The time has come for the public sector to grasp the potential of the technology, writes Richard Boddington, head of local government and housing associations at Blue Prism
The public sector has been talking about transformation for several years, but the Covid-19 pandemic has cast a sharp light over its need to operate differently, and the fact that it cannot fix today’s problems with yesterday’s solutions.
It needs to take a new approach in the way it carries out its operations, both internally for its own people and externally for the citizens it serves. Services should not be dependent on how many people are available but delivered with tools that will always be available and right for the job.
Intelligent automation (IA) can play a crucial role in making this possible. It provides a new digital capability to support a shift in how organisations function and act as a major enabler of widespread transformation.
It is emerging from robotic process automation (RPA), which is now increasingly used in the public sector to deal with processes that rely entirely on structured data. This has advanced with the development of online forms and the ability to build digital workers that recognise information in a consistent format and follow set processes.
IA brings in a cognitive element and other technologies such as character recognition and translation services to handle unstructured data, and can extend to machine learning in which the system learns from the processing to recognise details and meaning.
This makes it possible to take automation further into processes that demand capabilities seen as human, such as deciphering text, translating from foreign languages and recognising images. It effectively increases the intelligence of the digital worker, augmenting the work of people in an organisation, supporting a seismic shift in efficiency and productivity.
Organisations have been showing what is possible. City of Edinburgh Council has automated the registration of private landlords with data coming from the Scottish Government portal. This made it possible to clear a backlog that would have taken human staff several weeks in just 16 hours.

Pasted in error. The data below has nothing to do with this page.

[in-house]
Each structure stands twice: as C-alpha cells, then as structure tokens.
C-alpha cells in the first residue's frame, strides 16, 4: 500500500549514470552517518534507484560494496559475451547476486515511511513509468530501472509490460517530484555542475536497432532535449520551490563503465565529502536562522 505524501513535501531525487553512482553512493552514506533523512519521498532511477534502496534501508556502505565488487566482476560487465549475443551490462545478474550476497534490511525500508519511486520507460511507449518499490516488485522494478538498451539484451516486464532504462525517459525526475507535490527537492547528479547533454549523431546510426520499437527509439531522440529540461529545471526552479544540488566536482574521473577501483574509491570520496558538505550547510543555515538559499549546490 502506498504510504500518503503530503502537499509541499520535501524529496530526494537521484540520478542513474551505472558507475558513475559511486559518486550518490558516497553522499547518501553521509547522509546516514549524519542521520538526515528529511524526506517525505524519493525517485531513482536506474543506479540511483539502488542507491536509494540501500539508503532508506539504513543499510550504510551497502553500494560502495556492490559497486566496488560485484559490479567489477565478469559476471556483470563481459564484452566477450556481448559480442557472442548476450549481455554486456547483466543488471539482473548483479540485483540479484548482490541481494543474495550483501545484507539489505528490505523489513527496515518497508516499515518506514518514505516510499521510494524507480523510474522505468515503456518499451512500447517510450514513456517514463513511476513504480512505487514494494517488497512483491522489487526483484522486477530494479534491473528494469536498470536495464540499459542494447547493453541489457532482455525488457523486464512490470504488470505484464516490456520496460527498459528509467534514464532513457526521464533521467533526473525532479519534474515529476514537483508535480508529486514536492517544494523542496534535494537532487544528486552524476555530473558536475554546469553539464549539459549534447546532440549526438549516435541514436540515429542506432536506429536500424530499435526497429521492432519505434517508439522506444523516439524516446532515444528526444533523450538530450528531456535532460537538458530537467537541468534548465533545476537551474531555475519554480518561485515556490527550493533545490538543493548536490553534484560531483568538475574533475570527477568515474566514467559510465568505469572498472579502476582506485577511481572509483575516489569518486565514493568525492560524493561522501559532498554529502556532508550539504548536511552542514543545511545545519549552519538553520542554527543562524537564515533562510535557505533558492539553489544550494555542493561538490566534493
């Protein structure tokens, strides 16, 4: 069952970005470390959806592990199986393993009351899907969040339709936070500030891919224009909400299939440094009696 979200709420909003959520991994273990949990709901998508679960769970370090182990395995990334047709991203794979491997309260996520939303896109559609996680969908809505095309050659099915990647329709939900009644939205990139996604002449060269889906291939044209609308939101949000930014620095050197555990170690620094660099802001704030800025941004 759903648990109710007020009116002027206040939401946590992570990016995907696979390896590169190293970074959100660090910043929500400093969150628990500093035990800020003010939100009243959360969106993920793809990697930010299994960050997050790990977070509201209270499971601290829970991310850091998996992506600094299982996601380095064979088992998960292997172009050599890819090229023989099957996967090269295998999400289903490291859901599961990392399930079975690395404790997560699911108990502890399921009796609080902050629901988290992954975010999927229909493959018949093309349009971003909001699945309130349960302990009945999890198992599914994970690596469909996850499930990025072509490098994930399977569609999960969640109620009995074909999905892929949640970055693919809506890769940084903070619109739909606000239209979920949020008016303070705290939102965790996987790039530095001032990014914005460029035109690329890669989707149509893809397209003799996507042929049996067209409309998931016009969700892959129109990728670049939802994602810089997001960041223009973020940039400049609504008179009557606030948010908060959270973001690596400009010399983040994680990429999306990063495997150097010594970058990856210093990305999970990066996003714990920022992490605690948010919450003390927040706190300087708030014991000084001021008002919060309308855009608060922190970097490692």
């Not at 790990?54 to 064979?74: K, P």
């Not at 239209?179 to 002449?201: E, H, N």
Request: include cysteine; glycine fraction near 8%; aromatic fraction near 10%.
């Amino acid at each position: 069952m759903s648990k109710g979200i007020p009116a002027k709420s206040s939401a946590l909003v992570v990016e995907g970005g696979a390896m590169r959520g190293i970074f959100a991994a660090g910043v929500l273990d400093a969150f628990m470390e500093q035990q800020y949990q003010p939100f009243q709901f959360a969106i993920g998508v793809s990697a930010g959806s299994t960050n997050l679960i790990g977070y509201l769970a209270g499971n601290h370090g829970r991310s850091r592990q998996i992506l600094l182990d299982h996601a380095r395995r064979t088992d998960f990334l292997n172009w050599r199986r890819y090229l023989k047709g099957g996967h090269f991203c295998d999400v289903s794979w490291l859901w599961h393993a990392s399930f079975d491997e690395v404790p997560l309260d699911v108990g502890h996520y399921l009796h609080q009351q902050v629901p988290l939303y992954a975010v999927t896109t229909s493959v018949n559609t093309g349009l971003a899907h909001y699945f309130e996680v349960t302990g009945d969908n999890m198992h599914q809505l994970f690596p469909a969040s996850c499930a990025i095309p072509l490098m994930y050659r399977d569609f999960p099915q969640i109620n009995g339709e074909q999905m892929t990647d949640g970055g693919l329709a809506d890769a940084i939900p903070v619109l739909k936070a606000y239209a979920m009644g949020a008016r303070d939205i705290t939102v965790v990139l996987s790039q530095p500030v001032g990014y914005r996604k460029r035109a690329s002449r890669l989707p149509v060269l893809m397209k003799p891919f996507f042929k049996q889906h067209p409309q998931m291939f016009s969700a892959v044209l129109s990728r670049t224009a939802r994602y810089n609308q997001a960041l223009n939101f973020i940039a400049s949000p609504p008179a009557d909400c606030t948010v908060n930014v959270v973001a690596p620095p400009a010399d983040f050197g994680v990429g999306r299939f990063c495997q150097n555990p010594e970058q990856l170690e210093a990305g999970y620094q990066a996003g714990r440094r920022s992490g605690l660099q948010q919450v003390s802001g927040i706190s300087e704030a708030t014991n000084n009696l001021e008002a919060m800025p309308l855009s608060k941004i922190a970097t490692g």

Futures Housing Group has automated its collection of direct debits, removing the need for one of its staff to spend half of their time every week on dealing with the transactions.
Suffolk County Council has run a series of automations, beginning with processes for public notice advertising that reduced the human effort involved from almost 900 to just 260 hours per year. As the programme has continued it has emphasised the re-use of components, making it possible to build the services more quickly.
Other projects have contributed to the fantastic effort in response to the Covid-19 pandemic. East Suffolk and North Essex Foundation NHS Trust used automation to support the testing process for Covid-19 antibodies. Caerphilly County Borough Council harnessed RPA in dealing with the surge in applications for free school meals.
IA can drive wholesale change. It is not about discreet departmental improvements but a whole new capability that cuts through the sediment in processes to support a much improved delivery of services.
Of course, the change will not happen overnight: the public sector, rightly, takes a measured approach in its adoption of new technologies. But the past year has shown that councils can adopt new solutions quickly, and this should be further exploited to start developing public services for the next decade and beyond.
A collaboration between Blue Prism and UKAuthority has produced a new white paper on the potential – Intelligent automation driving transformation – which investigates the core benefits of the technology, the scope for financial savings, implications for data sharing and privacy, and how automation is now evolving. It looks at building skills, gaining buy-in and traction, the scope for collaboration between organisations, and shows that the time has come for IA as a core feature of transformation.
It also provides several examples of implementations in local government and the health service, sharing the experience of the ambitions, the challenges, what contributes to a successful automation and the benefits achieved.
It is essential reading for the public sector because it provides the voice of peers – firsthand experience of those who have adopted IA. This is part of a trend that is growing significantly and provides a fantastic potential to deliver great value to the sector, for the benefit of the organisations, their employees and citizens.
Fill in the form to download the paper.
Image from iStock, Chan2545